You can see on this postcard only a sign "Kino" on the left building. This house was on Academic Square 5 in Lemberg, now Shevchenko Avenue No. 28 in Lviv and is still standing. And there has been a Cinema for nearly 100 years.
First cinema Corso was founded in 1912 by engineer Karol Zygmunt Richtmann in his own home on Academic Square, 5. In 1912, the owners of the cinema became the entrepreneurs Herman Opat and Ludwik Kuchar. In the 1920's, a reconstruction project developed by architect-engineer V. Litvinovich expanded the auditorium. In 1926 the cinema was called Warsaw, in the same year its name was changed to Rokoko.
In 1928-1938 - the cinema was called Pan and had 246 seats for spectators. After August 1938, the cinema operated under the name Rialto, which remained until the end of the German occupation (1944). The project was designed by architect-architect Adam Mściwujewski. Made in 1930s styling, it consisted of a light box 4.50 m wide for the cinema repertoire and neon signage. In 1936, the movie theater was headed by Maria Majewska and the owners were Leon and Celina Brenner and Helena Lippel.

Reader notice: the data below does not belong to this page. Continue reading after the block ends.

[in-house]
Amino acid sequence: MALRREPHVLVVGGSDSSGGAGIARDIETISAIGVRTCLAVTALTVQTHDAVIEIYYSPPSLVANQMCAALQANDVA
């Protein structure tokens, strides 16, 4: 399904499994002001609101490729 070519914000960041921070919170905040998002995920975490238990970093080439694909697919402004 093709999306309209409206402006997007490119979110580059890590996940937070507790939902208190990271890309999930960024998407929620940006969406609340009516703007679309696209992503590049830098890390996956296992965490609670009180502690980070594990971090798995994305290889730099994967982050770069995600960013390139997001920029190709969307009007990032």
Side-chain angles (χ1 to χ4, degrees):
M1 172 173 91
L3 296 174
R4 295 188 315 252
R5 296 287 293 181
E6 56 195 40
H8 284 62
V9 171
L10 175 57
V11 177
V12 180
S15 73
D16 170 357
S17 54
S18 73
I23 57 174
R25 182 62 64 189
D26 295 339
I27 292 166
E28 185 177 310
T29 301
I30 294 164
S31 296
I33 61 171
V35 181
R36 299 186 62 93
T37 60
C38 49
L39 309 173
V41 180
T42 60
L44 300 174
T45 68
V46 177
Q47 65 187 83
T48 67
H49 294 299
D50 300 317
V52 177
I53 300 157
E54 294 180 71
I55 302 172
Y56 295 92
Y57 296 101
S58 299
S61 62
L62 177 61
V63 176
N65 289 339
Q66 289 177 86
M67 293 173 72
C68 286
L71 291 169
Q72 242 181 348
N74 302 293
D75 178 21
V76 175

After the Second World War cinemas were restored immediately, the cinema was organized in August 1944 with the name Pioneer and in 1950 it was renamed Georges Cinema. In the early 1990's, it was named after Taras Shevchenko.
Since 2012, the Grushevsky Cinema & Jazz restaurant has been located here.
I was delighted to find this information with good pictures here.